And what’s with Syfy hiring actors from Battlestar Galactica to be in their original movies, and then viciously killing them? Last month we were “treated” to Sol being murdered by the Ice Road Terror as his poor wife watched (and then got killed herself), even though his character was a pleasant, helpful heroic type that neither deserved or needed to die, and now Doc Cottle gets the same treatment. He plays the “crazy old man who’s actually right” type character, trying to warn our heroes early on and later giving all of the exposition, and even with so many good guys dying off I figured he might have a shot of making it out alive, but no. Goblin actually tears him apart even though a terrible human villain character is right there. She dies a few minutes later too, but the fact that Cottle gets it first (and so viciously) just makes it all the more mean-spirited. Hey, it’s not the actors’ fault that the show devolved a bunch of pseudo-religious horseshit! Stop passive-aggressively taking it out on them!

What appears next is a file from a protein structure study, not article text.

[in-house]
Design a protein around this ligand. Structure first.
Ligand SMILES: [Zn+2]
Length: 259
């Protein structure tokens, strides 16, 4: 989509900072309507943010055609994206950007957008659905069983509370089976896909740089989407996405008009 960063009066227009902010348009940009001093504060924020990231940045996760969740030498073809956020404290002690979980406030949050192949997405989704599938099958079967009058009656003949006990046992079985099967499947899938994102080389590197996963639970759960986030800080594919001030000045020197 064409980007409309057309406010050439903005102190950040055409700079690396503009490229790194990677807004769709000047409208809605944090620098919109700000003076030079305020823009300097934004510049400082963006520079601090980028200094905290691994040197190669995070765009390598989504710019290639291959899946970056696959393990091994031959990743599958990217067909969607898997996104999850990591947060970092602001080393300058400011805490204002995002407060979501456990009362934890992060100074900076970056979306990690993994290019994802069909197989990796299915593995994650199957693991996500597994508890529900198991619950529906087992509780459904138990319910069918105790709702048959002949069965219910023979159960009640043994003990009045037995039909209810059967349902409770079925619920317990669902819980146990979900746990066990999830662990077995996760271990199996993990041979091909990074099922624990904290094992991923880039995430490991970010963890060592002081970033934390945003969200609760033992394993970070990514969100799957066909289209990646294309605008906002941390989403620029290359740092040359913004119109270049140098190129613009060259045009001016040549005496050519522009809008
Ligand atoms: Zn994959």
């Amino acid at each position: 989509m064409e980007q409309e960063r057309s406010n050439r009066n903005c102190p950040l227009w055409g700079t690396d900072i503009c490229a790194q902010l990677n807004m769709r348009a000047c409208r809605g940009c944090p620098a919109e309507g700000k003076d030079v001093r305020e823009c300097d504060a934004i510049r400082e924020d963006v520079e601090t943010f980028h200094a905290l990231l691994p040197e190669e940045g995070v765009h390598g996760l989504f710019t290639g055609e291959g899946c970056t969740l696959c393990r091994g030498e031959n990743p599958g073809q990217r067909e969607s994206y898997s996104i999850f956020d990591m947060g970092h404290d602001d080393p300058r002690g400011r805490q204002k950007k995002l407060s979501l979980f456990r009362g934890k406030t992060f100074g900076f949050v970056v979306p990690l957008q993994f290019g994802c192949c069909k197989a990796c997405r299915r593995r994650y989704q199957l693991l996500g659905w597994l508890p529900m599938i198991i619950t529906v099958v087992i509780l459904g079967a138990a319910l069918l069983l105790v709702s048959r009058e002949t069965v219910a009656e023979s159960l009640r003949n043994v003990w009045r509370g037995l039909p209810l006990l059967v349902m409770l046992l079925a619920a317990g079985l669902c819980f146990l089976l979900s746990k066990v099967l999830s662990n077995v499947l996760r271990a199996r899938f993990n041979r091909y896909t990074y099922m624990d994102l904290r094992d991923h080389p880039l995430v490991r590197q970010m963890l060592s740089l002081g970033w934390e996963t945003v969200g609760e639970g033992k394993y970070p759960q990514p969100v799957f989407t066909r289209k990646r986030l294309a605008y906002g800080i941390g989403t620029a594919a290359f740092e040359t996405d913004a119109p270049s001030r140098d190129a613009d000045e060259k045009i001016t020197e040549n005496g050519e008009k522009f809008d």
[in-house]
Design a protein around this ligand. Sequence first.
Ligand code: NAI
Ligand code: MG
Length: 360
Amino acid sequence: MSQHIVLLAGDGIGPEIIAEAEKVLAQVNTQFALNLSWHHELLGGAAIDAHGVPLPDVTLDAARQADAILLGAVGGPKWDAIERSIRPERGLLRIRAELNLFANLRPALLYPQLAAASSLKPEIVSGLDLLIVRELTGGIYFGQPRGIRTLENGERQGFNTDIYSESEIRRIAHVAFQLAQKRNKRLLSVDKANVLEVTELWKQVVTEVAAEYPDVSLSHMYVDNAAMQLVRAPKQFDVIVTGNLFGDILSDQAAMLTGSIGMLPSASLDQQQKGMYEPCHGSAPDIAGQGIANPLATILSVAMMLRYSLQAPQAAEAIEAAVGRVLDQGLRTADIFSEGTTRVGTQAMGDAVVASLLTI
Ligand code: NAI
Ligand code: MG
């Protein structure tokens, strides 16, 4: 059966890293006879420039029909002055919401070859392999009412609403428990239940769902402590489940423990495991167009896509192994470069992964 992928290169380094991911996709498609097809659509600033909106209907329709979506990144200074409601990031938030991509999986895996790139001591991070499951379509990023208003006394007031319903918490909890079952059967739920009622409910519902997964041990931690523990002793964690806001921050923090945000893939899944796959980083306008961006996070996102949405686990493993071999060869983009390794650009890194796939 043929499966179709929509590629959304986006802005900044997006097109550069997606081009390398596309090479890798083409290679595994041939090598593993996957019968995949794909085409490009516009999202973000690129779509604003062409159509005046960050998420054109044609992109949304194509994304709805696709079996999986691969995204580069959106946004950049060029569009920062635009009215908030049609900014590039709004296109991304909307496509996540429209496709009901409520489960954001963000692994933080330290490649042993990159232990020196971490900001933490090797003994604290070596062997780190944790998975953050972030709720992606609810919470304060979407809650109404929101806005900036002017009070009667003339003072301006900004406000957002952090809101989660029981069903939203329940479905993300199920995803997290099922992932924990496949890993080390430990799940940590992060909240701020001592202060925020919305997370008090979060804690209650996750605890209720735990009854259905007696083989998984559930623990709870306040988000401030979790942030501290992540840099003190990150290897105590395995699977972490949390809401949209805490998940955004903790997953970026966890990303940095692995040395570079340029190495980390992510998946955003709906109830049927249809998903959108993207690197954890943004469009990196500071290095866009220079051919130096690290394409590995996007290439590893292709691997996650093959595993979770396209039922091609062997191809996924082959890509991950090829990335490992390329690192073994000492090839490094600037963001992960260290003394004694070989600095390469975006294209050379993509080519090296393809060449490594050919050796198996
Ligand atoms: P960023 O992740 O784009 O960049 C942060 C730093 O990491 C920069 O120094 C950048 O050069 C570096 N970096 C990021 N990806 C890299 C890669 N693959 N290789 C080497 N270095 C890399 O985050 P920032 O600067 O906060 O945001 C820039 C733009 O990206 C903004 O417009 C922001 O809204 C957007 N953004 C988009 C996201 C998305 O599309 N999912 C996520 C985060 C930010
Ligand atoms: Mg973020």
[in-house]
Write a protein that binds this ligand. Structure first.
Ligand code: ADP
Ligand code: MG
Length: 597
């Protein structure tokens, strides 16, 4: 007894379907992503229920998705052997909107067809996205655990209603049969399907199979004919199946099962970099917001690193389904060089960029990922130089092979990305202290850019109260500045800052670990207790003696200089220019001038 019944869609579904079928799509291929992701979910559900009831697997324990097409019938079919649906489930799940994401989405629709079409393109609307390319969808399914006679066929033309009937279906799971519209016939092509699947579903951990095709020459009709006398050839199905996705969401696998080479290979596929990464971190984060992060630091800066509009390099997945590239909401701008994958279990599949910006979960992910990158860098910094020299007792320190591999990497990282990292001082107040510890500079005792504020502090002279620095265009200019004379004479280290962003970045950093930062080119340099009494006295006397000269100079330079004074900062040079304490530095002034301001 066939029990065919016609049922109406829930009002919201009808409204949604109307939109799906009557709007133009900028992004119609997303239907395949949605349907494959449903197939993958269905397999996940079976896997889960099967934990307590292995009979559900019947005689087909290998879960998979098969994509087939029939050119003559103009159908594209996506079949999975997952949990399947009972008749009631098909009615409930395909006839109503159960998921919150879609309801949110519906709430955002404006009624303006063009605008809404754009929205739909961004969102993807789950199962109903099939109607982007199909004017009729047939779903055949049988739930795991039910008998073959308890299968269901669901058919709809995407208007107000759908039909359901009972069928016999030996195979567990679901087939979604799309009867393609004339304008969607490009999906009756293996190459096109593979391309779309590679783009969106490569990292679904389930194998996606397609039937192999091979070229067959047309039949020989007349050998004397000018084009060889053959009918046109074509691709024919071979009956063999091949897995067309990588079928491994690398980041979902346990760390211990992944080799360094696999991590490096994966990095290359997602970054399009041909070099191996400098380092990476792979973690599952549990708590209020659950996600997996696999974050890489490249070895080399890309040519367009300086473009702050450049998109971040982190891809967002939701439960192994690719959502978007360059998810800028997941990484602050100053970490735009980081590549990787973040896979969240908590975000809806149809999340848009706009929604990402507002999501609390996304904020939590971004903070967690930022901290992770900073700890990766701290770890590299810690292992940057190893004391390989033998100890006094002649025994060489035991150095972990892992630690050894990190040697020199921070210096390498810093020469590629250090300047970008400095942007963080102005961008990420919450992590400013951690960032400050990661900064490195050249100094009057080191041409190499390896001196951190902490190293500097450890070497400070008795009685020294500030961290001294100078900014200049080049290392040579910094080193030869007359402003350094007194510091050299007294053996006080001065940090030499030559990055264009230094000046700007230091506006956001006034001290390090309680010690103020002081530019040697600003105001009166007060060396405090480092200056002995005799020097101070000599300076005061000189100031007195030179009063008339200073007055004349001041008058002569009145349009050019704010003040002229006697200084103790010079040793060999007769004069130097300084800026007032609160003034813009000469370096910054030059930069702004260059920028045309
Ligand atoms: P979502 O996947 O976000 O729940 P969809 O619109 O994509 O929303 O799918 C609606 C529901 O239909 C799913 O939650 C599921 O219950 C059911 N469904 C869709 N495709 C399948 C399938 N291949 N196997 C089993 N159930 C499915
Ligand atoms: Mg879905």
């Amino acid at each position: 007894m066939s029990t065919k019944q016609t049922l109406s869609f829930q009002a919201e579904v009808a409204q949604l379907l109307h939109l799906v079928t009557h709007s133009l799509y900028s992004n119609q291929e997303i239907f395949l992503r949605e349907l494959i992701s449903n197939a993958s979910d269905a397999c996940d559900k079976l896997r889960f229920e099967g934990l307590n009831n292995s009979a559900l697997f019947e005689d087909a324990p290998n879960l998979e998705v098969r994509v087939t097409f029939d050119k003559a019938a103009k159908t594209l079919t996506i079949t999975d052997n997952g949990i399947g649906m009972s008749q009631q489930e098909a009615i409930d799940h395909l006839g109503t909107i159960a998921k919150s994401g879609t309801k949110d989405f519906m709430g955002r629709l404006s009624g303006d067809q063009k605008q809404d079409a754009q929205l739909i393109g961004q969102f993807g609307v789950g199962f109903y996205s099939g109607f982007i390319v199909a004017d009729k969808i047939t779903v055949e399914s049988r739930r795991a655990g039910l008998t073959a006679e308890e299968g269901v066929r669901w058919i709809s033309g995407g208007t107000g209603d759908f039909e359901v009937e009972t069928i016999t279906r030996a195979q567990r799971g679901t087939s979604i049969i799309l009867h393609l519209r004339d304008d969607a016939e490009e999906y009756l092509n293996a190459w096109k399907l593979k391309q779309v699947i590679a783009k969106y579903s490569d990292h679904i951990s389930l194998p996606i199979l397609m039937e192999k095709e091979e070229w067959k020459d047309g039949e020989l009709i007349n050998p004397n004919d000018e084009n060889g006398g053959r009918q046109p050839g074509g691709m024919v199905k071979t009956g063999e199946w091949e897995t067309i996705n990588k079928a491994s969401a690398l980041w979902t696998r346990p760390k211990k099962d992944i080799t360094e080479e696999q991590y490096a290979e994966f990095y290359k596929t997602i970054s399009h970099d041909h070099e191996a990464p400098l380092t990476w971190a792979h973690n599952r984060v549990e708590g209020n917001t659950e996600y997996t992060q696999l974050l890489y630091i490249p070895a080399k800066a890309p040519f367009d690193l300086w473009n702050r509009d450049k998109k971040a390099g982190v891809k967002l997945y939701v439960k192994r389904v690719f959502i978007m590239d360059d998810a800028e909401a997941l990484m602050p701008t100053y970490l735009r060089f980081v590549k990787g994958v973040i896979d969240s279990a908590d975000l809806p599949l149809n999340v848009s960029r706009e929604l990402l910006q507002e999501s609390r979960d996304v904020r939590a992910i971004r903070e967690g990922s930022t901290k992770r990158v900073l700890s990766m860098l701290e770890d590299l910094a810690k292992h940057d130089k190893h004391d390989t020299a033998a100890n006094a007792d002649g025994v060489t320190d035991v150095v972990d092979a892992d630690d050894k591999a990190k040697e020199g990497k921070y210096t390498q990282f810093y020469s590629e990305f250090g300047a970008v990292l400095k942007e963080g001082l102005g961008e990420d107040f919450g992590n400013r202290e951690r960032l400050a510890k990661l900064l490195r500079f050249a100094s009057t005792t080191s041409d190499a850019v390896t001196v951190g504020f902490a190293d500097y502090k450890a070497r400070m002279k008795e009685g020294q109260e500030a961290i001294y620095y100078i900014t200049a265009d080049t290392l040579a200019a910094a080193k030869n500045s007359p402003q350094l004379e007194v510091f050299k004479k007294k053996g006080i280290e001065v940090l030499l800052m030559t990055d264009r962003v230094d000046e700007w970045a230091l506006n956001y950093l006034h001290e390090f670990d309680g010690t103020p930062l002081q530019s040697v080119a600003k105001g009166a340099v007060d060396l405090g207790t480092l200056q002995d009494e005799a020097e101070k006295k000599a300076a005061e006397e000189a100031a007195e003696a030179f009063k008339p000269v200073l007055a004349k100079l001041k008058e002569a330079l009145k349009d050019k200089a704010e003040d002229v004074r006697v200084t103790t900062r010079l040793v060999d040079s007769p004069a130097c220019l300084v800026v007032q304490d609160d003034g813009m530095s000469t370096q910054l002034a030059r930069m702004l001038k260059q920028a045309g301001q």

One odd thing about this release is that it’s from Lionsgate (which hid its Syfy roots from me for a while), as Syfy originals usually get released by Image or Anchor Bay. But that means that instead of trailers for Hatchet or whatever, we get a new Saw ad that highlights kills/events from the entire series, hawking the fact that you can now own the entire series on Blu-ray. Sure, but when the hell are you guys going to make a boxed set with all versions, all the bonus material, and new features? Until you do, no one is going to believe that the series is really over! Sadly that’s the closest thing to a bonus feature; I wouldn’t have minded a featurette or something, as the director is one Jeff Lando, who also made the “better than expected” Thirst (which also had a painful first act) and less successful but still watchable House of Bones. Let’s be honest – most of the names I see over and over in this area of the genre just inspire dread (Declan O’Brien, for example), so to see the same guy behind three movies that weren’t a total chore to sit through is sort of comforting. Also, awesome name.
What say you?